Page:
Generally speaking, you want to login and navigate to the “Your Account” or “Your Investment” section and look for a reference to “Investments” or “Holdings” to see what you are invested in.
Common investment options you may see are:
Target-Date Funds: These investments hold a mix of stocks, bonds, and other investments. The mix is based on when you want to retire – known as the target date. The funds change what they own over time so that you have more exposure to stocks (e.g. higher risk) when you are younger and less exposure to stocks (e.g. lower risk) when you are closer to retirement. You pick a target-date fund based on the date you retire, and the fund manager will automatically adjust what the fund holds to decrease the risk as you near retirement.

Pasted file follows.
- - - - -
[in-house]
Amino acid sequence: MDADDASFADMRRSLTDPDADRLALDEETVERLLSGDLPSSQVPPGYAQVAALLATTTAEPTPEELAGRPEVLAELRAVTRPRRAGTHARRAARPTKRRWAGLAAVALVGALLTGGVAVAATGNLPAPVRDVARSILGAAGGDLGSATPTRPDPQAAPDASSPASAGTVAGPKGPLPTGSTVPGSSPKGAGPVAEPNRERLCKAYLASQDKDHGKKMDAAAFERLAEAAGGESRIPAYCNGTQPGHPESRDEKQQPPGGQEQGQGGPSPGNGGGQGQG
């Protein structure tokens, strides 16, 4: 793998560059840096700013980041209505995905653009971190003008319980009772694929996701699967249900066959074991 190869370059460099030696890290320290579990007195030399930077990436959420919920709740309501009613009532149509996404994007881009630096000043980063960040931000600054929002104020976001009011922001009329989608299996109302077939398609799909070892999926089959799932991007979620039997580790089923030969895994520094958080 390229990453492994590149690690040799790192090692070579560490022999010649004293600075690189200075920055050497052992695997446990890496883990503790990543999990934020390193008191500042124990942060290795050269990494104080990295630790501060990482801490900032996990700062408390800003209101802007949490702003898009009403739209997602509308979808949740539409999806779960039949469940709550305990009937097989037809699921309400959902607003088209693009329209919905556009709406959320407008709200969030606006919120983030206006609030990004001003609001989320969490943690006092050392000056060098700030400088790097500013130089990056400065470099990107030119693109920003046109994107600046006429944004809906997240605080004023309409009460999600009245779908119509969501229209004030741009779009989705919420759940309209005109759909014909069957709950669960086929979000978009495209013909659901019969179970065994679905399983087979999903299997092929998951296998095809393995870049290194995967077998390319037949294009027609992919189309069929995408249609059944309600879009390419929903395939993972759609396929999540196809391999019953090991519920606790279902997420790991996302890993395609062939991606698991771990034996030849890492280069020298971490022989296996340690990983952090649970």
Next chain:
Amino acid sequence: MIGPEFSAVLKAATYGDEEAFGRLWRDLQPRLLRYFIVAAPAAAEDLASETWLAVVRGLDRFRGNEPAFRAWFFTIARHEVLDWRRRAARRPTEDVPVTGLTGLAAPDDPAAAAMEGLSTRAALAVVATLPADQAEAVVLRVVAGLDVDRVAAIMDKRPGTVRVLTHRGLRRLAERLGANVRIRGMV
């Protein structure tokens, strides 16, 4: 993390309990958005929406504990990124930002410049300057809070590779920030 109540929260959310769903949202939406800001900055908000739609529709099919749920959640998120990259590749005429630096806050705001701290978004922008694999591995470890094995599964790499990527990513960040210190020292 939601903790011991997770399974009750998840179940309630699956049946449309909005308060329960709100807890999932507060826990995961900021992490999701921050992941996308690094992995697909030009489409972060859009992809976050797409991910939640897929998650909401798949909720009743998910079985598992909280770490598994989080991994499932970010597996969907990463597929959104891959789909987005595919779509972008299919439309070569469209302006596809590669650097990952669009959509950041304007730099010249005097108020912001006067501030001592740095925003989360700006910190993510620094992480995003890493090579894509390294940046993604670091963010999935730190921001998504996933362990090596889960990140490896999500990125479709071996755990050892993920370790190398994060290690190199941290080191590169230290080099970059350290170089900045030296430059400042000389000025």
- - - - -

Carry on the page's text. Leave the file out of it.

Asset Allocation funds: These investments hold a mix of stocks, bonds, and other investments to achieve the desired risk level. You pick an asset allocation fund based on your desired risk level. For example, if you are prepared to take on more risk, you would select an asset allocation fund with a higher portion of its portfolio invested in equities vs. cash and bonds. If you are seeking less risk, you would select an asset allocation fund with a higher portion of its portfolio invested in cash and bonds vs. equities. Unlike target-date funds, the % of stocks, bonds, and other investments in an asset allocation fund doesn’t change meaning that the allocation stays relatively constant over time.